I read a post on Twitter this weekend describing a scene in a church lobby after the 3rd Christmas Eve service of the day. Apparently a church leader cornered the weary pastor and publicly reprimanded him for his decision to have one of his associate pastors preach the Sunday service the next morning instead of preaching it himself. The author of the post observed this scene along with multiple other parishioners.
This post reminded me of the backlash I received years ago after making the decision to cancel our Dec. 25th Sunday morning services after multiple Christmas Eve services the day before. We made this decision before hand and communicated it to the church. One of my best friends and my accountability partner left Bent Tree over that decision. I agonized over that decision even though the logic behind it was easy to see, I lost sleep over it. Remembering the aftermath of that fateful weekend and seeing the post about this poor pastor two days ago has reminded me that people simply don’t know what it is like to be a pastor.
Now, in saying this, I readily admit that many pastors don’t know what it is like to run a business, lead a school, do teeth cleanings for 8 hours a day, write a brief, or walk the beat overnight, either. I do not believe that being a pastor is necessarily harder than those jobs, I just think it comes with unique challenges that few people grasp.
The vast majority of churches are led by solo pastors, and more than half of those pastors have to work a second job to pay the bills (years ago I heard that 67% of pastors in American are by-vocational. I don’t know if this statistic is still accurate, but I assure you that many pastors are stretched thin and under financial stress.) So after doing some marriage counseling, mowing the grass, counting the offering, preparing three messages (Sunday morning, Sunday evening, and Wednesday evening), corresponding with people in the church, discipling the lay youth group leader, and stopping by the hospital 3 times to see 3 different ailing flock members, the pastor runs into the house to kiss his wife, hug the kids, and grab a sandwich before heading to the State Farm agency to make some prospecting calls. 52 weeks a year, year after year.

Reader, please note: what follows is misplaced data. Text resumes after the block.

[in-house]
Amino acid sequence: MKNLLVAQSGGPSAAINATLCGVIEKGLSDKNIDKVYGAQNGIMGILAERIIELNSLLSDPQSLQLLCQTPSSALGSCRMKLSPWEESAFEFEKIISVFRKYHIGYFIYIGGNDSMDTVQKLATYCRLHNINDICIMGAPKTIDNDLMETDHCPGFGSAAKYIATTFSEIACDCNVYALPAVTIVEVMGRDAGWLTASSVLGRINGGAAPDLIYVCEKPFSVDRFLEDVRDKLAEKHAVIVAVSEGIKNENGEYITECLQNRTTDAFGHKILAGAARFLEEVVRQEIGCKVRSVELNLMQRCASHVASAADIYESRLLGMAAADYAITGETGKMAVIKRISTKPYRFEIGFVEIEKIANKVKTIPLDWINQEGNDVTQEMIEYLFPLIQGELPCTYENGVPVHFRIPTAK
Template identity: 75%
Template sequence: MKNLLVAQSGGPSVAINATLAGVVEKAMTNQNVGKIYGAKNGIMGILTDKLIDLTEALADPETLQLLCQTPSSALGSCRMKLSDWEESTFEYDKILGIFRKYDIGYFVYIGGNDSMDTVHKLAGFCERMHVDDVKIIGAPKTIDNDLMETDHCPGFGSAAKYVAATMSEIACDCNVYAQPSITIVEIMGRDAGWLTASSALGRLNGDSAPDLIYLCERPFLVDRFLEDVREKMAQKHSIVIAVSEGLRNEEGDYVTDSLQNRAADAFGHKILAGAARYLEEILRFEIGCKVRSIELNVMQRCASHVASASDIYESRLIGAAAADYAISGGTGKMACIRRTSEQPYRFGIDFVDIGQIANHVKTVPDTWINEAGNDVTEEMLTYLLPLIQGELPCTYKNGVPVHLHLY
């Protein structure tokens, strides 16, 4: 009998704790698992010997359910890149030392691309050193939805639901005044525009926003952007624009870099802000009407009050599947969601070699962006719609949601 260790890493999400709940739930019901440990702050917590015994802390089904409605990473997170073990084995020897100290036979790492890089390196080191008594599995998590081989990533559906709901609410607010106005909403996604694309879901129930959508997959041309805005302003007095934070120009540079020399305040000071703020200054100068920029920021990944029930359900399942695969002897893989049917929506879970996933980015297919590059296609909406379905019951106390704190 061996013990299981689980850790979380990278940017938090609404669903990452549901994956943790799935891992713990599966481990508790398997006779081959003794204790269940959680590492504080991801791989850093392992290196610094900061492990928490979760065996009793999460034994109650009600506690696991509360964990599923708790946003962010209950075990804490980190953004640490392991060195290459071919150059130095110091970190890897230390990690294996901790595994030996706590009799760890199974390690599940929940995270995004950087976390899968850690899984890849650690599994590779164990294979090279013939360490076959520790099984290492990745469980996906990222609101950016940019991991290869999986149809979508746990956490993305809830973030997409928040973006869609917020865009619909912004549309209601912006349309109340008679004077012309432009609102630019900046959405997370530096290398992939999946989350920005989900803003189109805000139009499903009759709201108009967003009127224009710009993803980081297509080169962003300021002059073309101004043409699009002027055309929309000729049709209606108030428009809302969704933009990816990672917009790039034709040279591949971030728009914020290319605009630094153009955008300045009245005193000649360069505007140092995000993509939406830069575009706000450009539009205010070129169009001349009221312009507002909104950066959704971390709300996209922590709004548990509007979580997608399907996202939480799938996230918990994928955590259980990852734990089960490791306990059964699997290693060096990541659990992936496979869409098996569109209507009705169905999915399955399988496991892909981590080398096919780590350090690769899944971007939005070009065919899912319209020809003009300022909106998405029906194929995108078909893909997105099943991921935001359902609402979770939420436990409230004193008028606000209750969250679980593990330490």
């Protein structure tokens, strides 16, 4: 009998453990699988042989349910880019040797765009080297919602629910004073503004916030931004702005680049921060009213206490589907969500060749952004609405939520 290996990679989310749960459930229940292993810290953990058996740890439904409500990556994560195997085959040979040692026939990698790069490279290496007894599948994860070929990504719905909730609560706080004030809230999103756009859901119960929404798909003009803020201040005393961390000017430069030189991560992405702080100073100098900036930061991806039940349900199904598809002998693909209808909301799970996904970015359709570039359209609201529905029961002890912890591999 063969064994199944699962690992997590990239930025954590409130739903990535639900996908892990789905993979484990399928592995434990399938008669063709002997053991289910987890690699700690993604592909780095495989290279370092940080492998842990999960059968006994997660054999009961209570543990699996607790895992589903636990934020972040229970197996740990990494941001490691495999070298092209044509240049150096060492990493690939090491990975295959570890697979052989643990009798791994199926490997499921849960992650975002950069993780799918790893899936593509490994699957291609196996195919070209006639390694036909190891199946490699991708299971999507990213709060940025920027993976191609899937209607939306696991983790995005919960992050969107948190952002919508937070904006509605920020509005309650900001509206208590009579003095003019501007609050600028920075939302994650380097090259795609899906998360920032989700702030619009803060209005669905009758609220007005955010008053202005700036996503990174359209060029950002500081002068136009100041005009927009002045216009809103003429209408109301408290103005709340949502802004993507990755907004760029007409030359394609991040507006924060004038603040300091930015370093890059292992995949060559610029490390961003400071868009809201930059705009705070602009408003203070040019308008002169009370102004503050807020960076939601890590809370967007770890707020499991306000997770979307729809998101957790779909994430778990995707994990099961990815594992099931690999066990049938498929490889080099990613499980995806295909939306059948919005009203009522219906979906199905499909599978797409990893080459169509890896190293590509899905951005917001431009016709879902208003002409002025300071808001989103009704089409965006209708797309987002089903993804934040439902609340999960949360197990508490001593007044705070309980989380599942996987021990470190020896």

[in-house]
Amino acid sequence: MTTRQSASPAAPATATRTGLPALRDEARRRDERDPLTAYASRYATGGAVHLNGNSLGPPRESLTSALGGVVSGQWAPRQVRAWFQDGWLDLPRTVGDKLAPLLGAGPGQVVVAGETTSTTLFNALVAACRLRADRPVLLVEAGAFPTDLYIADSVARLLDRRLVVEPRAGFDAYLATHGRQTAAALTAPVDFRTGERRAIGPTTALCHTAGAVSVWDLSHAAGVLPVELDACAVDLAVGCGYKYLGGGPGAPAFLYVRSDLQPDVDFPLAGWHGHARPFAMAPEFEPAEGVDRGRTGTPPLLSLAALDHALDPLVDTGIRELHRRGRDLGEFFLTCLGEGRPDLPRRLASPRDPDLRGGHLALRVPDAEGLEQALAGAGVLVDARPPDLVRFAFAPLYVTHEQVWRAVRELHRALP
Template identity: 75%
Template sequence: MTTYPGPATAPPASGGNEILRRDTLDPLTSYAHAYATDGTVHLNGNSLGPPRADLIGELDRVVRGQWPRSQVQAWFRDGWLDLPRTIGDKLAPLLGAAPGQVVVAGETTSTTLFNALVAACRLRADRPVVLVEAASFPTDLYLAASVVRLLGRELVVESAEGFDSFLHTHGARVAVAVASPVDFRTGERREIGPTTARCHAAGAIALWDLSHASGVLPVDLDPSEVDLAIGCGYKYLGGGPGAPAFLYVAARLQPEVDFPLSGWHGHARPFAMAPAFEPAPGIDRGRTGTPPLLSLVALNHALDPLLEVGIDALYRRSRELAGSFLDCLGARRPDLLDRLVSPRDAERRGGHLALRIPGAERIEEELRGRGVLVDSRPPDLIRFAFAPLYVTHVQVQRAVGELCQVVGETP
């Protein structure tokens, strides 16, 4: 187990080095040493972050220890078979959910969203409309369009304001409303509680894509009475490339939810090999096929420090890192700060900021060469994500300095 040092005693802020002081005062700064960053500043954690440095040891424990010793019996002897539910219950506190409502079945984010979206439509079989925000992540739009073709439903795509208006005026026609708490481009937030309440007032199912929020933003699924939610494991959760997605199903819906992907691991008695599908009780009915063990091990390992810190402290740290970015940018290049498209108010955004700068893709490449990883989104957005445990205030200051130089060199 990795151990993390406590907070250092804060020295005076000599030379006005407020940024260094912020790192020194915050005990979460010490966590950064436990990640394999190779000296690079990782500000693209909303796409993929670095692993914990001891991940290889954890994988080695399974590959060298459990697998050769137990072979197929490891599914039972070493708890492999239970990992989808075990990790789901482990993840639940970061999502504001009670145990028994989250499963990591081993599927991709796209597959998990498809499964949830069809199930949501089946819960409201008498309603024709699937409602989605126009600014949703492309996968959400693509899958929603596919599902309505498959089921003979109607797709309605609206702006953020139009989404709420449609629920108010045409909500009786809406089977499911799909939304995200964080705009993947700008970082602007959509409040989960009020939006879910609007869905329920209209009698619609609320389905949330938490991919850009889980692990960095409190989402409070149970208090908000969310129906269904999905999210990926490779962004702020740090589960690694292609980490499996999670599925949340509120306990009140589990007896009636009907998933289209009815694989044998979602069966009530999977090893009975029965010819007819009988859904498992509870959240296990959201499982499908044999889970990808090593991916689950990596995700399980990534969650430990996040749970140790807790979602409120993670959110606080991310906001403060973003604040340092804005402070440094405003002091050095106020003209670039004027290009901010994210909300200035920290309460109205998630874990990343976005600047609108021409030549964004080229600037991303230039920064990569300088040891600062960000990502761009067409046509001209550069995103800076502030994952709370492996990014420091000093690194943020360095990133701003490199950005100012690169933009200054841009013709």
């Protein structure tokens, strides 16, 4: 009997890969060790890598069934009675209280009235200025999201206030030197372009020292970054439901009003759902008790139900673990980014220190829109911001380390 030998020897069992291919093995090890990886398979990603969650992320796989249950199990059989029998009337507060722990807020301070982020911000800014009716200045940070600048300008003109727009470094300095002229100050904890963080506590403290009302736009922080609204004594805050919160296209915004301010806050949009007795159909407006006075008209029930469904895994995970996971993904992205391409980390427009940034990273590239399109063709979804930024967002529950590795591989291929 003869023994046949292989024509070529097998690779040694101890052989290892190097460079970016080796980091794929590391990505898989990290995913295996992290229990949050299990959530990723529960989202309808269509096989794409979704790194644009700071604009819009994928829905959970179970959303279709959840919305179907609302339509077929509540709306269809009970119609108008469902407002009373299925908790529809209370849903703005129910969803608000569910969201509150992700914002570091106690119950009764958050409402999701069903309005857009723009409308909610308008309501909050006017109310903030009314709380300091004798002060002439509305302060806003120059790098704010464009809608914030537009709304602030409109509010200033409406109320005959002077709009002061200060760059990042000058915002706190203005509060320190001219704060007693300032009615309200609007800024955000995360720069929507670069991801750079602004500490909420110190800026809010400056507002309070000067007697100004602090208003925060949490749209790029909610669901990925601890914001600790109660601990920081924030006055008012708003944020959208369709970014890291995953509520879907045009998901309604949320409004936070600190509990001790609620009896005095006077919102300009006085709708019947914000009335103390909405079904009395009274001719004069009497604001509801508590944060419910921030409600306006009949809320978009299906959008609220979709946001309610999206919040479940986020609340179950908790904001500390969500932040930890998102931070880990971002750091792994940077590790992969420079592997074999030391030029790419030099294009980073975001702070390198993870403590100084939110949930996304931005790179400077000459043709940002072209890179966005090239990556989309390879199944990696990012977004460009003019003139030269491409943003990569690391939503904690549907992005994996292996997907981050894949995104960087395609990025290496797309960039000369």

Throw in Covid (one pastor friend of mine buried 23 members of his congregation in one month this past year), conflict (covid measures, racial tensions, Christian Nationalism, women in leadership, etc.) and personal exhaustion and you have a nation full of pastors running on fumes.
They love you, they serve you, they consider it a privilege and a calling to shepherd you. Their spouses sacrifice too. For 28 years, Christmas Eve at our home consisted of me leaving the house early in the morning, preaching between 3, 4 or 5 times and then spending time with the staff and lay team that pulled off amazing creative experiences while missing Christmas Eve with their families. For the vast majority of those years Libby was home alone with three kids… all day long, until arriving for the last service and then going to a friends’ home who graciously invited her and the kids over every Christmas Eve. I would arrive at our friend’s house about the time to go home. Pastors can’t imagine doing anything else, but many can’t imagine continuing to do this either.
Right now, your pastor is most likely vulnerable, exhausted, discouraged, struggling financially, and is trying desperately to make sure his/her spouse is ok.
If you would like to know how to support your pastor, here are some practical ideas:
- When an unpopular decision is made, be the person who pulls the pastor aside and says, “that must have been a hard call, I’m proud of you for leading well through this difficult season. We are here for you, hang in there!”
- When you see your pastor and spouse out for dinner, leave them alone and pick up their tab. (Just ask their server to give you their bill and make sure you tip for them too.)
- If you are a person of means and have a vacation home (or time share), offer it to your pastor free of charge for a get-away.
- After a sermon that moves you, tells the pastor what God said to you and thank them.
If you are a lay leader in your church (elder, deacon, trustee) here are some extremely practical ideas for you. Note, these are things your pastor desperately needs, but most are afraid to ask.
- Use your influence to insure that your pastor is fairly compensated. Ask them each year, around this time, how they are doing financially and if they are making ends meet. Cost of living increases should be the minimum adjustment each year.
- Provide benefits.
- Provide resources for therapy. Most pastor’s need it, few can afford it.
- Make sure your Pastor has at least 3 weeks of vacation each year. The pastor should not preach on either side of that week, so this would mean 6 weeks of pulpit-fill are necessary. Elders, retired pastors, or area pastors can fill the pulpit during those vacation weeks.
- Every 7 years, give your pastor a sabbatical. It should be 2 months minimum if possible.
- If your pastor decides to move on from your church, care for them and be generous with a severance package. Pastors leave with no “equity” to sell, and many have no retirement saved up. The severance package will literally pay the bills until they land on their feet. This is no time to skimp, be extraordinarily generous. As an aside, keep your pastor on benefits until he/she has landed a new job. Libby and I discovered that health insurance is cost prohibitive when we no longer got a check every two weeks.
- Be your pastor’s champion. Look out for your shepherd, their spouse and kids. Keep your ears open, ask good questions, and go to bat for them.
This ended up being much longer than I anticipated but I’ve wanted to write this for some time. Let’s love on our pastors, they are precious and they are people too.